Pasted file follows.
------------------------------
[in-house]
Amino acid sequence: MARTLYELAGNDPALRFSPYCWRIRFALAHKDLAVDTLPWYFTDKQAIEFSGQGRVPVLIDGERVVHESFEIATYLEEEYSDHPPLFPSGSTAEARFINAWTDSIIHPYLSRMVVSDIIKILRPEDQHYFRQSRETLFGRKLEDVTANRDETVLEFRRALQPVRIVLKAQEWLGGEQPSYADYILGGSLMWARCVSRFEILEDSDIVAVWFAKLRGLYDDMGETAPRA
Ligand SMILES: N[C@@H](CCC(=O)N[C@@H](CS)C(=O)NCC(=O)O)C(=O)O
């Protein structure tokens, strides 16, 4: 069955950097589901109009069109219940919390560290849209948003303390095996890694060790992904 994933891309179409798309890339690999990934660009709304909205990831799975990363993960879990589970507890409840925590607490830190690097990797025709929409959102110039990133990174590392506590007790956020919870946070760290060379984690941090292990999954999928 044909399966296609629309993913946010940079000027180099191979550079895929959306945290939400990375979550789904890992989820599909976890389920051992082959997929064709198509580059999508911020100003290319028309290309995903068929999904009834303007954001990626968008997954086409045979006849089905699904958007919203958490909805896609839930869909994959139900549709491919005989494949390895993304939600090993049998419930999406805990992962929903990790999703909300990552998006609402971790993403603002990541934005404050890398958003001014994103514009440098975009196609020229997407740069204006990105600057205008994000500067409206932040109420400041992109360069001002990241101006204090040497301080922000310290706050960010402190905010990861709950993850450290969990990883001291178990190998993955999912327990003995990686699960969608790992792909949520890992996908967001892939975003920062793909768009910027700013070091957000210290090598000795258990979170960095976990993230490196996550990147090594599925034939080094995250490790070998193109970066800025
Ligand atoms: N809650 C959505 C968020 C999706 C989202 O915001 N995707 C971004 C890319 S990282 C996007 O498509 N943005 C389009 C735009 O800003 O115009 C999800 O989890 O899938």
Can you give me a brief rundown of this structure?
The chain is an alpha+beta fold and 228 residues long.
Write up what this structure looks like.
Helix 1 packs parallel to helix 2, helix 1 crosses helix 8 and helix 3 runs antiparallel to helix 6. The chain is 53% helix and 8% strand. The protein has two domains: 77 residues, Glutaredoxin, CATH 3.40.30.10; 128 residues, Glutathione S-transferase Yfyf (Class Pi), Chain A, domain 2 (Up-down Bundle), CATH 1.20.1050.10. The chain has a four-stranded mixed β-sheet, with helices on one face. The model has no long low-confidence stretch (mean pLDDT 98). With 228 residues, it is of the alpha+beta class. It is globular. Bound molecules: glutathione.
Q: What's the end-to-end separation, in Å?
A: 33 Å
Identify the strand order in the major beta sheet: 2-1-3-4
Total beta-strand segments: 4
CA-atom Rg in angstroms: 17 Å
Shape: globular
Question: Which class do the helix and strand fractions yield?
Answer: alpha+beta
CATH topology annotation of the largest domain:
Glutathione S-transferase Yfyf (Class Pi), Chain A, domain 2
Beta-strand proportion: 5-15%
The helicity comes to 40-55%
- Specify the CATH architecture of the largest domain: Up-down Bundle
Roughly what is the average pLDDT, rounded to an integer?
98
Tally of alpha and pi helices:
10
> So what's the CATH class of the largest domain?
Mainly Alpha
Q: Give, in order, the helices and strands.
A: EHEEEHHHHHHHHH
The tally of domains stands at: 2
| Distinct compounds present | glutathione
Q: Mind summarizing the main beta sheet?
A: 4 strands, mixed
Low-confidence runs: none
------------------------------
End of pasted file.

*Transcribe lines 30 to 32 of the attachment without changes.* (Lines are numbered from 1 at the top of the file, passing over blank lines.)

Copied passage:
A: EHEEEHHHHHHHHH
The tally of domains stands at: 2
| Distinct compounds present | glutathione